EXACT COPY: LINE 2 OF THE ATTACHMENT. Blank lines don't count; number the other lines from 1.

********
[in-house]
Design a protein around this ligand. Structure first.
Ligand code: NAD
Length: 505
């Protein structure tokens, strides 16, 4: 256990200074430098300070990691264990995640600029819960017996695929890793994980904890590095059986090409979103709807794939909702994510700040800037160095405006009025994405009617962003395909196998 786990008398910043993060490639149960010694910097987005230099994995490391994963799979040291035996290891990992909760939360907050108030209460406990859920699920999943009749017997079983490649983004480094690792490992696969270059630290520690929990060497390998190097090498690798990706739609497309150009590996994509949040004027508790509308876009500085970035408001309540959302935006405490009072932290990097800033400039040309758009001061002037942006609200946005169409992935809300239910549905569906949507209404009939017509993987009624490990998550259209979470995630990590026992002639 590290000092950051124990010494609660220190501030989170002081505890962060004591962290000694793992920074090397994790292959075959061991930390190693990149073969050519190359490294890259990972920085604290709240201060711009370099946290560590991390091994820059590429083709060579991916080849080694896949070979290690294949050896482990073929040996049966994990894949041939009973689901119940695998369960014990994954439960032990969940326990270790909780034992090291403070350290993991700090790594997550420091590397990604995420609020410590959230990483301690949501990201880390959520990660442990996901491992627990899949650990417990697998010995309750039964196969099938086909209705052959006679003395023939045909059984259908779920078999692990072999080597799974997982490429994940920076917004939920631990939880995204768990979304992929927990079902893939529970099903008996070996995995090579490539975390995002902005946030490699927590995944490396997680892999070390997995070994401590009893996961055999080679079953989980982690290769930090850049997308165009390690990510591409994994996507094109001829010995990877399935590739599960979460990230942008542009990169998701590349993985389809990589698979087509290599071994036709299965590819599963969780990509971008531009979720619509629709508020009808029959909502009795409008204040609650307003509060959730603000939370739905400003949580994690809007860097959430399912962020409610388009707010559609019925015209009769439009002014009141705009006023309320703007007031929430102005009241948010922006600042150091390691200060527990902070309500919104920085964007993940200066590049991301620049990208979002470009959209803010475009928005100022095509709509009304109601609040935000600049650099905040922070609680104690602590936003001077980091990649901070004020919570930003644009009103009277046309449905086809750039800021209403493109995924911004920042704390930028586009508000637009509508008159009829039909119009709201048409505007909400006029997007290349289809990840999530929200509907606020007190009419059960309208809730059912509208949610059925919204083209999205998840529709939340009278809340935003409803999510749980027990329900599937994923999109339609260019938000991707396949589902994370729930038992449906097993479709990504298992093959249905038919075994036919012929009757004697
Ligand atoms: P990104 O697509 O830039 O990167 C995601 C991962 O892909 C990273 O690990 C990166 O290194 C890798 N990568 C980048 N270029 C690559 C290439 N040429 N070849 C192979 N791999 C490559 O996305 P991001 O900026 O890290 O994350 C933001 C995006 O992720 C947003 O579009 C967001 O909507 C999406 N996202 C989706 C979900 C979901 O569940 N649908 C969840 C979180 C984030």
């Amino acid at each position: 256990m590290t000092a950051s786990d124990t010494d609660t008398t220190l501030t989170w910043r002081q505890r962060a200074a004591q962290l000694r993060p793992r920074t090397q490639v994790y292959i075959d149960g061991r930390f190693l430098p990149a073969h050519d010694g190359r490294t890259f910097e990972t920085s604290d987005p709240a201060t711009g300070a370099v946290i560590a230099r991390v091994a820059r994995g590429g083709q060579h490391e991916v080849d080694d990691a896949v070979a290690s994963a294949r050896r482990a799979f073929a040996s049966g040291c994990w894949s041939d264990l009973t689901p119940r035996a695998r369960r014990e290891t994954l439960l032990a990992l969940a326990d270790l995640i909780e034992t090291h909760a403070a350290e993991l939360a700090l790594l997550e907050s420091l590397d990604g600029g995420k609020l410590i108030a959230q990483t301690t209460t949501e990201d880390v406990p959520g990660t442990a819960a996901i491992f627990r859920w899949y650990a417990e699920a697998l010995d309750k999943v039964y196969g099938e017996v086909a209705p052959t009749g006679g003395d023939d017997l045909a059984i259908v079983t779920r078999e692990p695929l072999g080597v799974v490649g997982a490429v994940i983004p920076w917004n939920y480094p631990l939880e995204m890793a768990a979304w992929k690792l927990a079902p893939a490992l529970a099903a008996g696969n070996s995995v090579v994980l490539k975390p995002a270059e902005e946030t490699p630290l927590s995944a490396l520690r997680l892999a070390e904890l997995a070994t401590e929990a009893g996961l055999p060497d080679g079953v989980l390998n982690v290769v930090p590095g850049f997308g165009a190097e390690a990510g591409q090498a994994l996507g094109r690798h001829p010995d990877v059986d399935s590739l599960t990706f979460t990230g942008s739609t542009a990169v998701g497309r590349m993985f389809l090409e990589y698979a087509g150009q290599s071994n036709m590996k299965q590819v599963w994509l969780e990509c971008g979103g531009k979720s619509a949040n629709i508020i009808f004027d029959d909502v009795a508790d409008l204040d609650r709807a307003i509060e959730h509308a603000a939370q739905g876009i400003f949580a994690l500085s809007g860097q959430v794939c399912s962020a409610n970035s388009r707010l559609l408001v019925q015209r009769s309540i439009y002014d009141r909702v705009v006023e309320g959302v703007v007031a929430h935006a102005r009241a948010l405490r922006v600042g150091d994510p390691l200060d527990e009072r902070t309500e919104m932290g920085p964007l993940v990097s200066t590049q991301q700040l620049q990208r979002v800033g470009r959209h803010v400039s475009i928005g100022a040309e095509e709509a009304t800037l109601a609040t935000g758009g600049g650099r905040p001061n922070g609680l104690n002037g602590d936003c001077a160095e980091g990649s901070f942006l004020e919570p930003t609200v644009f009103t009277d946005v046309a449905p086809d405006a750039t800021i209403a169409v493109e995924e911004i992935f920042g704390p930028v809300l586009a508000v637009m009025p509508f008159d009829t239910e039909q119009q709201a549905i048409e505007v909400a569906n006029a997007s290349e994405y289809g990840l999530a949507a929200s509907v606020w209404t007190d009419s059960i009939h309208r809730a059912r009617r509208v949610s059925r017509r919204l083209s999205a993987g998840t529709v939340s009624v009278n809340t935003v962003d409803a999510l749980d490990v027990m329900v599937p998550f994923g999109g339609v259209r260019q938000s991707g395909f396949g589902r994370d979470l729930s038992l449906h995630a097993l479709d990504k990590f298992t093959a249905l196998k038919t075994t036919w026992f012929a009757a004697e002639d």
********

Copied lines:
Design a protein around this ligand. Structure first.